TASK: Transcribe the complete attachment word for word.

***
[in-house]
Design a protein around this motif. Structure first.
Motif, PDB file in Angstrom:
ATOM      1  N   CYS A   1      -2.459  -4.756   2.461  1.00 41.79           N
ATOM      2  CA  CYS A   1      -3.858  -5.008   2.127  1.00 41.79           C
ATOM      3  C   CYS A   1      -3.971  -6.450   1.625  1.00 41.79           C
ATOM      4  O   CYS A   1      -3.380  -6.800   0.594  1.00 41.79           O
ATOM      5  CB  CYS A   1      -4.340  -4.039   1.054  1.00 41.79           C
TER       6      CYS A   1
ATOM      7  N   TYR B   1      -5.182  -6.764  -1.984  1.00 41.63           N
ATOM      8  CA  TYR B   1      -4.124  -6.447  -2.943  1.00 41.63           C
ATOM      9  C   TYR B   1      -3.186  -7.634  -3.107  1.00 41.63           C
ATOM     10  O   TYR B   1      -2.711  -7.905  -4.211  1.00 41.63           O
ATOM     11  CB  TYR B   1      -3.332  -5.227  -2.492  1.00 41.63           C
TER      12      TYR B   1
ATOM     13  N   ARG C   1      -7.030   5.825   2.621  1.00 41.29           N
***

[in-house]
Design a protein around this motif. Structure first.
Motif, PDB file in Angstrom:
ATOM      1  N   CYS A   1      -2.459  -4.756   2.461  1.00 41.79           N
ATOM      2  CA  CYS A   1      -3.858  -5.008   2.127  1.00 41.79           C
ATOM      3  C   CYS A   1      -3.971  -6.450   1.625  1.00 41.79           C
ATOM      4  O   CYS A   1      -3.380  -6.800   0.594  1.00 41.79           O
ATOM      5  CB  CYS A   1      -4.340  -4.039   1.054  1.00 41.79           C
TER       6      CYS A   1
ATOM      7  N   TYR B   1      -5.182  -6.764  -1.984  1.00 41.63           N
ATOM      8  CA  TYR B   1      -4.124  -6.447  -2.943  1.00 41.63           C
ATOM      9  C   TYR B   1      -3.186  -7.634  -3.107  1.00 41.63           C
ATOM     10  O   TYR B   1      -2.711  -7.905  -4.211  1.00 41.63           O
ATOM     11  CB  TYR B   1      -3.332  -5.227  -2.492  1.00 41.63           C
TER      12      TYR B   1
ATOM     13  N   ARG C   1      -7.030   5.825   2.621  1.00 41.29           N